Smith scholarship is conflicted on whether the apparent conflict between self-interest in the Wealth of Nations (WN) and sympathy in the Theory of Moral Sentiments (TMS) indicates an intractable problem or is merely the result of a misunderstanding of Smith’s overall system. This chapter is written as a response both to the believers in Das Adam Smith Problem and to those who offer a way of pulling the two texts together. In the first place, I argue that Das Adam Smith Problem highlights the complexity of Smith’s body of work and his belief that the motives for behavior in the private sphere will be different from and sometimes conflict with the rules of the public sphere. Secondly, I argue that the higher level economic order relies fundamentally on norms of behavior and rules of conduct that are nourished by the sympathy fostered in the lower level orders of family and friends. At the same time, the economic order affects these lower orders, influencing in turn the norms of behavior and rules of conduct that support economic activity. Understanding how these different levels of order interact is central to understanding the often murky link between economics and morality. Such an understanding also begs for a reevaluation of the social sciences from the silos of separate political and economic analysis back to a Smithian “moral philosophy” that takes into account human social behavior in its many forms.
Cognitive neuroscience is in the midst of what has been called an “affective revolution,” which places empathy at the center of a core set of moral competencies. While empathy has not been without its critics (Bloom, 2013; Prinz, 2011), both the radicals and the reactionaries routinely cite Adam Smith’s The Theory of Moral Sentiments (TMS) as among the revolution’s vanguard. For Smith, justified moral judgment depends on the ability to sympathize—Smith’s term for the empathetic ability to imaginatively project into, or otherwise simulate the emotions of others. The impartial spectator is good at moral evaluation and the accurate assessment of the “fitness or propriety” of another’s sentiments “can be found nowhere but in the sympathetic feelings of the impartial and well-informed spectator” (TMS VII.II.i.49).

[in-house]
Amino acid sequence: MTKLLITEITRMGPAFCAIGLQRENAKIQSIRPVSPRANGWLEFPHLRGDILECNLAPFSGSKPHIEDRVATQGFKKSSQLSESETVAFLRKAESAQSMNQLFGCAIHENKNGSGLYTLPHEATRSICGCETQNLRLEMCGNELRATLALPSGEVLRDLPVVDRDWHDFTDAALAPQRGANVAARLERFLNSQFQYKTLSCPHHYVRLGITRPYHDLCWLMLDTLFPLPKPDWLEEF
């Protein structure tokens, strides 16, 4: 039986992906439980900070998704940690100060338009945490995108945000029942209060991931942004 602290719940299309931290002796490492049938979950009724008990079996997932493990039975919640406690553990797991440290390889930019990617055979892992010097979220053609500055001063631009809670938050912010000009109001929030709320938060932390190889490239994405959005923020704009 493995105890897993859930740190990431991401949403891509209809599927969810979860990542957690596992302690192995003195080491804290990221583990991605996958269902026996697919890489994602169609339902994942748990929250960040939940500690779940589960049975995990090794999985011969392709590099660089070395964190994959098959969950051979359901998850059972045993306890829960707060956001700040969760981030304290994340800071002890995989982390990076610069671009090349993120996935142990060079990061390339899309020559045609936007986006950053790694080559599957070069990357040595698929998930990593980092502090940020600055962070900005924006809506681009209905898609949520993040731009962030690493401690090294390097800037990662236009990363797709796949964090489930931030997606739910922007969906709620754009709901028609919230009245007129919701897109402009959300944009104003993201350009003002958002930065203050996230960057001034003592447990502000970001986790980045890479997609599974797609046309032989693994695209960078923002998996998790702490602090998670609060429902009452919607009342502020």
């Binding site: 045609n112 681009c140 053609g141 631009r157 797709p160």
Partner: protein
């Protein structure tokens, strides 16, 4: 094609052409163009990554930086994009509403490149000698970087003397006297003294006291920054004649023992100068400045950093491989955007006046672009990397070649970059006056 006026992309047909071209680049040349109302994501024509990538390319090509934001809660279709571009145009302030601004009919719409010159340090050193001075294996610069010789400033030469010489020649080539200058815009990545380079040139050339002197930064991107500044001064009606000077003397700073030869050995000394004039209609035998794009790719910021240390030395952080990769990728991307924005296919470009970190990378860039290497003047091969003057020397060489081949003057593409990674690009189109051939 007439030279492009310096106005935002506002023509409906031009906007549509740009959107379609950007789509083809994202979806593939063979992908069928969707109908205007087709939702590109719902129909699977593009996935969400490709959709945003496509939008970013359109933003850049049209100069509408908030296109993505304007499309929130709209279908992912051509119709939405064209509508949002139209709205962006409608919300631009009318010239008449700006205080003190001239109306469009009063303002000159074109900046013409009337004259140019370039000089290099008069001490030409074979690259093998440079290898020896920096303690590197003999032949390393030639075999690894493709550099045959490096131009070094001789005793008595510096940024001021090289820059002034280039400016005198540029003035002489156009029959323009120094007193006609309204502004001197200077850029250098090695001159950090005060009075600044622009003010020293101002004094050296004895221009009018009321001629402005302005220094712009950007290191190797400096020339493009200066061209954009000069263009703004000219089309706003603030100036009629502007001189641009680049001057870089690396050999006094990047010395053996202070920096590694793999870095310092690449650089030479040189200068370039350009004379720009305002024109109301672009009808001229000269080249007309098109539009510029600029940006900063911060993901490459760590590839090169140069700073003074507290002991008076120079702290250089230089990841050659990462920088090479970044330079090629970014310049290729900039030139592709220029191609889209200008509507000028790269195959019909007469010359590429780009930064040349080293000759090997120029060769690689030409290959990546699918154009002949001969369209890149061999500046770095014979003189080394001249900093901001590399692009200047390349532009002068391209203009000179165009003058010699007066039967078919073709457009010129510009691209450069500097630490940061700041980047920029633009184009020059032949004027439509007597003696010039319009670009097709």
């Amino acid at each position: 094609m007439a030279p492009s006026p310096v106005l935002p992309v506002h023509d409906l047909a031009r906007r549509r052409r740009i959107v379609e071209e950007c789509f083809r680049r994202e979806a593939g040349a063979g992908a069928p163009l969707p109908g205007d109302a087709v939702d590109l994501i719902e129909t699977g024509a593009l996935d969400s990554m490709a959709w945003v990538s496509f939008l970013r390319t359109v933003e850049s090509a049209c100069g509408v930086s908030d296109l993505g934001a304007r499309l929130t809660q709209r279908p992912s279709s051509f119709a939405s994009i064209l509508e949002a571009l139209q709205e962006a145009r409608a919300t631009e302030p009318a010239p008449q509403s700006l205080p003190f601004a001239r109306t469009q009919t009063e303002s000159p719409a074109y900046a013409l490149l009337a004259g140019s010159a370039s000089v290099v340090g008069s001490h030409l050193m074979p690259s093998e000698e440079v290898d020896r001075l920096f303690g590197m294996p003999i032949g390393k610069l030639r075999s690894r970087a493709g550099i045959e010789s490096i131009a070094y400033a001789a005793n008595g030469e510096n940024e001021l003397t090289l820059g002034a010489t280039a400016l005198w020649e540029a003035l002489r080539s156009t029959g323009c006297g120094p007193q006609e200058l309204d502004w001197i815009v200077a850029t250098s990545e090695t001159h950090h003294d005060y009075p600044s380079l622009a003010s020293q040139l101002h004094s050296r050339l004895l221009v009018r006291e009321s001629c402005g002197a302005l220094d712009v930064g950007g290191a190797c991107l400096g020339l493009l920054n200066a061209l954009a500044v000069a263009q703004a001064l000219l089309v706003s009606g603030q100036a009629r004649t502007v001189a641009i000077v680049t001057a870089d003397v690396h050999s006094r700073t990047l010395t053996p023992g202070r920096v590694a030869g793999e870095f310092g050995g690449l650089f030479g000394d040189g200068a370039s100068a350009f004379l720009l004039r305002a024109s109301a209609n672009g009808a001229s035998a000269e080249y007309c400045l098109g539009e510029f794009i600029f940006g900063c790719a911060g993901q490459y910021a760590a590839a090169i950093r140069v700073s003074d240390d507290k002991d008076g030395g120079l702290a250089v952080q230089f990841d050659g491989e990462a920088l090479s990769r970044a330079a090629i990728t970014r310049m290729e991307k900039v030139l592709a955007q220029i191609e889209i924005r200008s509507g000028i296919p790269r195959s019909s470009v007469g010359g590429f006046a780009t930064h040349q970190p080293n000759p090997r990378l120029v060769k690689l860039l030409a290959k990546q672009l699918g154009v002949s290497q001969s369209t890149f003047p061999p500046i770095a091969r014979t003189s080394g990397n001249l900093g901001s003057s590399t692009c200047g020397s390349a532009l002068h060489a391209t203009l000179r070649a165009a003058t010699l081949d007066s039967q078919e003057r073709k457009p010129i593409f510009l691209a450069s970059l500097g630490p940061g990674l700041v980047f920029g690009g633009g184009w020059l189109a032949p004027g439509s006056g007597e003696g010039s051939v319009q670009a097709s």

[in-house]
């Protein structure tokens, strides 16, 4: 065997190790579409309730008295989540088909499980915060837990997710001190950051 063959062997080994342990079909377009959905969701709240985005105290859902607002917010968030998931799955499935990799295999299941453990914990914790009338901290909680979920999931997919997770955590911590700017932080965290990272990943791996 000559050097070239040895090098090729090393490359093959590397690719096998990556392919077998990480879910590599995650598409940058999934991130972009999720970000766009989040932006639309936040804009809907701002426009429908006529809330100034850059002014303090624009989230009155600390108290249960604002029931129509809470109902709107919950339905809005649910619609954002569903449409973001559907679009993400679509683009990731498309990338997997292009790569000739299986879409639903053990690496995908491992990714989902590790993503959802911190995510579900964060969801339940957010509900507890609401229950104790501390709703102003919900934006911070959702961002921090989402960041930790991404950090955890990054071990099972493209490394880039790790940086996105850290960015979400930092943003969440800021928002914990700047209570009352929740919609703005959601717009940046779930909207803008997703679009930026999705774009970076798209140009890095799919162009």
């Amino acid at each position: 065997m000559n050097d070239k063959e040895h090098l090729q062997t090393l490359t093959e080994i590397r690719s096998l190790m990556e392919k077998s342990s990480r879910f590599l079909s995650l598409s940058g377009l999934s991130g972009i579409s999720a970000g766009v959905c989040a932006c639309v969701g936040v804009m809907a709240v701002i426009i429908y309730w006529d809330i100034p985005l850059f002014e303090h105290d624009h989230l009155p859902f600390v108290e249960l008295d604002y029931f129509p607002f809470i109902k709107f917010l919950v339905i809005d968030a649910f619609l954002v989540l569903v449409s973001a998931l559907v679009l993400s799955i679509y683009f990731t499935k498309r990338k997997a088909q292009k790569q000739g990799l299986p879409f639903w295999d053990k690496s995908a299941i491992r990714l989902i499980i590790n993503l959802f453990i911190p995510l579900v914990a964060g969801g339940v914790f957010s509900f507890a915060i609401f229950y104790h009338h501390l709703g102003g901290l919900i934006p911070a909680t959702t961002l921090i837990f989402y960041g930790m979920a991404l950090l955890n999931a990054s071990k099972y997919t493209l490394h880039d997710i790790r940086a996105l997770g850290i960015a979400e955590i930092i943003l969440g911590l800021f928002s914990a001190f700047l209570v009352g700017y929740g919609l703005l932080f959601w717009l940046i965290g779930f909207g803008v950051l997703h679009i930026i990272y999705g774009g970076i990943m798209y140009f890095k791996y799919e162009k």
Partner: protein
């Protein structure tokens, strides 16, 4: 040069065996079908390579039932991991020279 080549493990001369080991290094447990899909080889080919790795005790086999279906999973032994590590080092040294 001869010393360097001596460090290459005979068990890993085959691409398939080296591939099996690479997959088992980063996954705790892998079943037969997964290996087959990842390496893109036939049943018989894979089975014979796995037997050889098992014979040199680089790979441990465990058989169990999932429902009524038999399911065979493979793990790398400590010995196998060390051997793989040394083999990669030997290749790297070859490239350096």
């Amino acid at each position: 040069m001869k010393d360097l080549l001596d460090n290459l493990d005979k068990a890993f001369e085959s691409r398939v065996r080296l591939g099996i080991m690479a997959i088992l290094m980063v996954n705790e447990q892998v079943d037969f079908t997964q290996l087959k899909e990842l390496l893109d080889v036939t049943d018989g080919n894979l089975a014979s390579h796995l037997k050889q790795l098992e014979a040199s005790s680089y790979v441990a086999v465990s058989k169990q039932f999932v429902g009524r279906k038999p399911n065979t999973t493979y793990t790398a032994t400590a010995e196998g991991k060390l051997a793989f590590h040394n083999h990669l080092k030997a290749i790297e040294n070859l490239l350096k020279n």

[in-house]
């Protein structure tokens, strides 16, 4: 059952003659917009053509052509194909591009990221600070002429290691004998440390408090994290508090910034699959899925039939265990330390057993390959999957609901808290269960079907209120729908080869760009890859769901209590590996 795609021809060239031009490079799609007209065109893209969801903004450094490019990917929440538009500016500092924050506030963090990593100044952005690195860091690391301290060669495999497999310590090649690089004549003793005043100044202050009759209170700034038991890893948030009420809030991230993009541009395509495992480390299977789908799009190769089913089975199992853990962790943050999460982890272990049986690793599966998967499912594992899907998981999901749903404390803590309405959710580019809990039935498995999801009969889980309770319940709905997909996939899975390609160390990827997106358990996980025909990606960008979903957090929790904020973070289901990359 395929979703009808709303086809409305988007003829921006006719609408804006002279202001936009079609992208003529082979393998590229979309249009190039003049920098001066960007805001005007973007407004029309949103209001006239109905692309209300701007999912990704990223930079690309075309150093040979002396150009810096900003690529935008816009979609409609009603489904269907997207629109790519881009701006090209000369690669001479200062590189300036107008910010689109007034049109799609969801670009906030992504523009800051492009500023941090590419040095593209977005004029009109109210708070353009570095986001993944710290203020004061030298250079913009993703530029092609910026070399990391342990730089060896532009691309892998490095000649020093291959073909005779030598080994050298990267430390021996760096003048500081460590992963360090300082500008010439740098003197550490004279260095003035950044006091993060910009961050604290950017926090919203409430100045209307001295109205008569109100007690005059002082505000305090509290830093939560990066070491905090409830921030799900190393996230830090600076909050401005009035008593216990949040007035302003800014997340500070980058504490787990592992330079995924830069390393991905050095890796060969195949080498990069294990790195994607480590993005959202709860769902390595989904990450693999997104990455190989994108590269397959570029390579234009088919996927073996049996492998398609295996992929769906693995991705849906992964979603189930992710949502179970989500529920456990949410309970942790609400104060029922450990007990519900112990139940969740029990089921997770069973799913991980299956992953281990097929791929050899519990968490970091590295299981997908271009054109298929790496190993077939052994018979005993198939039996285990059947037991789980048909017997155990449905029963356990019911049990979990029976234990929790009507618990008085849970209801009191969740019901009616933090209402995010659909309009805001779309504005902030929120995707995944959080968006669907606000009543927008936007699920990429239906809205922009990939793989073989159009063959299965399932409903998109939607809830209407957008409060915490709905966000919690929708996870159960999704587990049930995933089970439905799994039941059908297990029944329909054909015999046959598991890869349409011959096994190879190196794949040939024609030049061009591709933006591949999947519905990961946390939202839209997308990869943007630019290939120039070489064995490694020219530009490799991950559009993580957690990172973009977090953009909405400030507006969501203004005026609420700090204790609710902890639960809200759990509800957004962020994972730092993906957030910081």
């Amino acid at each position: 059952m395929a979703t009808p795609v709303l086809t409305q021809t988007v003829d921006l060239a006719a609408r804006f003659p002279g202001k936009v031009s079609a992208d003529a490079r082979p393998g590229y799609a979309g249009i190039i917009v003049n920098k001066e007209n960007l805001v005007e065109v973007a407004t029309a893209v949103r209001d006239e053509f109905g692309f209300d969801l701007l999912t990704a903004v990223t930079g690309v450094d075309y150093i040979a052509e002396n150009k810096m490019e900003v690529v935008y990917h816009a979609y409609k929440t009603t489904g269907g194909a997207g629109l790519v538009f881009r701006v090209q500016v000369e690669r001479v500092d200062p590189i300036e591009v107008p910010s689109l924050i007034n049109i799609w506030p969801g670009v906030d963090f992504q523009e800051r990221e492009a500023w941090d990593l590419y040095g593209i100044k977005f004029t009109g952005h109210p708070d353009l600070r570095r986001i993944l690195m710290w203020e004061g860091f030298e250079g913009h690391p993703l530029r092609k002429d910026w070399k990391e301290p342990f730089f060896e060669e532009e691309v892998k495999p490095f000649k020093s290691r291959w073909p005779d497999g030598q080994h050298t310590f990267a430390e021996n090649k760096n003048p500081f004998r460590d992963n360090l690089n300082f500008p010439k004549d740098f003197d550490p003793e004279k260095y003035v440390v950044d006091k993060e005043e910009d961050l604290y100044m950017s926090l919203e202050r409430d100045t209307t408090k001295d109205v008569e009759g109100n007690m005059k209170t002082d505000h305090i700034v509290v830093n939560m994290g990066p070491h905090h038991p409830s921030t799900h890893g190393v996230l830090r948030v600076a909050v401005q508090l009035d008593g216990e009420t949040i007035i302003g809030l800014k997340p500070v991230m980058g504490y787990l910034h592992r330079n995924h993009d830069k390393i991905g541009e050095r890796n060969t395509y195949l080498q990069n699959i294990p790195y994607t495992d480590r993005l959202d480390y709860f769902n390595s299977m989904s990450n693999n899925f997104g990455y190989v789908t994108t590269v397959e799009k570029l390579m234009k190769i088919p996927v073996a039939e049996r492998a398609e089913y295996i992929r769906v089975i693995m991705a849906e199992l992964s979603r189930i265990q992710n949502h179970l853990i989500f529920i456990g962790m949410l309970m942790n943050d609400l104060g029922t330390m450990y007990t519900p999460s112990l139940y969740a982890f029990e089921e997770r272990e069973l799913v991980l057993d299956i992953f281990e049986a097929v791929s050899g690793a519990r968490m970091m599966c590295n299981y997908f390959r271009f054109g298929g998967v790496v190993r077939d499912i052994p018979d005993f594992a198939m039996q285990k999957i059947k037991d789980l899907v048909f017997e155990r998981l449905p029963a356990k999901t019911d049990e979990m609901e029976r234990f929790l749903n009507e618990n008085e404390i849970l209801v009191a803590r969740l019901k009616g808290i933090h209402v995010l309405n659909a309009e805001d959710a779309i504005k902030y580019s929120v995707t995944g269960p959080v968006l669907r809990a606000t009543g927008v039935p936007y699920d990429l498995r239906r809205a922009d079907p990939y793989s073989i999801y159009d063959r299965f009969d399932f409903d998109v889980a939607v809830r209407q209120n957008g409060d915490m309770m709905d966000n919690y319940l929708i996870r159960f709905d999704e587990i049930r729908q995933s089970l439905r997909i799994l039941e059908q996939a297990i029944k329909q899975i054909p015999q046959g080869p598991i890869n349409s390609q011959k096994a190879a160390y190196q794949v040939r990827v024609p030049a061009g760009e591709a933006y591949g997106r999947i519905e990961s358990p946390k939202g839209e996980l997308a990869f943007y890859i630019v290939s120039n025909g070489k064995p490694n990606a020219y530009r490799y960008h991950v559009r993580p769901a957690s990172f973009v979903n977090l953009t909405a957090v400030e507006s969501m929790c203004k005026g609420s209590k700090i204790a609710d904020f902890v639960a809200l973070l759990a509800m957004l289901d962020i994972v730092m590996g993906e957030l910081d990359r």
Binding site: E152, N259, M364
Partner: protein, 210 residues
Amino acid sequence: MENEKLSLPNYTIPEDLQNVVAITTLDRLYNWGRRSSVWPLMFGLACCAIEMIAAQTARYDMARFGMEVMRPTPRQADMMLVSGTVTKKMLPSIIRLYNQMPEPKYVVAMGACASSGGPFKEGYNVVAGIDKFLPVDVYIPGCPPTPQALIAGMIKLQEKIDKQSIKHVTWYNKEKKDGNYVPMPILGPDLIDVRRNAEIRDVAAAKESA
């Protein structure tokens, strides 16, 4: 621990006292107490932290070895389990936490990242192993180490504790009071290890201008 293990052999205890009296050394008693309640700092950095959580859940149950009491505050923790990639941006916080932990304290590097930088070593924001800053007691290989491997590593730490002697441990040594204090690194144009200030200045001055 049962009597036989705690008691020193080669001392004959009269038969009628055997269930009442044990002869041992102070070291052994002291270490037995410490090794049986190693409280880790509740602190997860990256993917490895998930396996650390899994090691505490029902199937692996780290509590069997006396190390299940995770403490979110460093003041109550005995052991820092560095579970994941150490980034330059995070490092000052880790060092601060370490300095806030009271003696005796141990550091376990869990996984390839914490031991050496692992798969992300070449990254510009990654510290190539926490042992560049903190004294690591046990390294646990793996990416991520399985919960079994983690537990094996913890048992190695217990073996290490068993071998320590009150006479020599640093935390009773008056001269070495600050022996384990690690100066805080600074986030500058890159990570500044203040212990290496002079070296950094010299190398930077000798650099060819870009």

Smith presupposes that a sufficiently unsympathetic moral agent is bound to moral distortion. But some of Smith’s readers, including Fonna Forman-Barzilai and Emma Rothschild, assume that so long as our other basic capabilities are in place, ample sympathy guarantees justified moral judgment. Other readers affirm the necessity of sympathy for impartiality, while remaining silent on the question of sufficiency.
This essay aims to drive a wedge between the ideal of a merely sympathetic spectator and that of the impartial spectator. Having defined sympathy, I present independent grounds for thinking that an excess of sympathy might prompt judgments which diverge from that of the impartial spectator. I then return to the text to argue that Smith himself is wary of what he calls “excess” or “indulgent sympathy.” One can, thus, be a sympathetic spectator without being an impartial spectator. While I do not address empathy’s critics directly, this more robust notion of the impartial spectator would allow Smith to side-step at least some of the more superficial objections cast against those who would champion empathy. I conclude by presenting considerations which attempt to explain why sympathy occupies such a central place in the TMS, despite not being sufficient for impartial spectatorship. These considerations, in turn, shed some light on the relation between the TMS and the Wealth of Nations (WN).
Cristiano Castelfranchi’s interesting article. For more on the invisible hand see Propriety and Prosperity: New Studies on the Philosophy of Adam Smith with the following contributions:
Metaphor Made Manifest: Taking Seriously Smith’s ‘Invisible Hand’ by Eugene Heath
The ‘Invisible Hand’ Phenomenon in Philosophy and Economics by Gavin Kennedy
Instincts and the Invisible Order: The Possibility of Progress by Jonathan B. Wight
Here is the opening paragraph to Vernon’s Foreward to Propriety and Prosperity. I would urge anyone interested in situated cognition to read his superb Rationality in Economics: Constructivist and Ecological Forms amazingly an unknown classic to those of an externalist non-Cartesian persuasion. Also worth a read is Vernon’s memoir.
This book is a welcome addition to the resurgent scholarly and practical interest in Adam Smith’s contributions to market economics and its antecedents in the social order of human culture. In Smith, propriety concerned the rules that govern human sociability by mutual consent in local group interactions. Out of this experience were fashioned the rules of property, justice and the liberal order of political economy, and thence to economic prosperity. It is a grand narrative alive with meaning for the contemporary world in which side-by-side with markets the demand for sociability has found new expression in the social media companies. No wonder that in a seminar Kenneth Boulding could refer to Adam Smith as the first great post-Newtonian scientist.